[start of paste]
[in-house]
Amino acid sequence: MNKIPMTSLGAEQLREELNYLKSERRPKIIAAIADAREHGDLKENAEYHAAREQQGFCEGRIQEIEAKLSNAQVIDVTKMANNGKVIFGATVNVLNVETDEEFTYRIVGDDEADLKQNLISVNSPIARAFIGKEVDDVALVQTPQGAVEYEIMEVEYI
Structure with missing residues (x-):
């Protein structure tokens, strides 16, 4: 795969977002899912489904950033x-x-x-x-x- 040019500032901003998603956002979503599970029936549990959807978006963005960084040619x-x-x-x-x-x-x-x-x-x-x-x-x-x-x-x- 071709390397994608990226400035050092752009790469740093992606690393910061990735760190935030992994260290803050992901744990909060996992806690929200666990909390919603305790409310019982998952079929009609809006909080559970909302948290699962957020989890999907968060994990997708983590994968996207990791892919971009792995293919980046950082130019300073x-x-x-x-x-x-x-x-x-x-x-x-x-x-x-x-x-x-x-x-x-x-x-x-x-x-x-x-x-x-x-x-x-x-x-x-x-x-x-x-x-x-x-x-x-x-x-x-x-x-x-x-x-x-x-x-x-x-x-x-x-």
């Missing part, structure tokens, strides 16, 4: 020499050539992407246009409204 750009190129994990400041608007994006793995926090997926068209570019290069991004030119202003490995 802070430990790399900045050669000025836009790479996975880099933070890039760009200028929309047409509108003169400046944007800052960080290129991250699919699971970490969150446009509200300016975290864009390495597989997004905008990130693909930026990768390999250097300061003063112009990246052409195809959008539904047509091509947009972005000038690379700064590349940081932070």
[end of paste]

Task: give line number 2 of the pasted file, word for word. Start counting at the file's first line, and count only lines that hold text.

Amino acid sequence: MNKIPMTSLGAEQLREELNYLKSERRPKIIAAIADAREHGDLKENAEYHAAREQQGFCEGRIQEIEAKLSNAQVIDVTKMANNGKVIFGATVNVLNVETDEEFTYRIVGDDEADLKQNLISVNSPIARAFIGKEVDDVALVQTPQGAVEYEIMEVEYI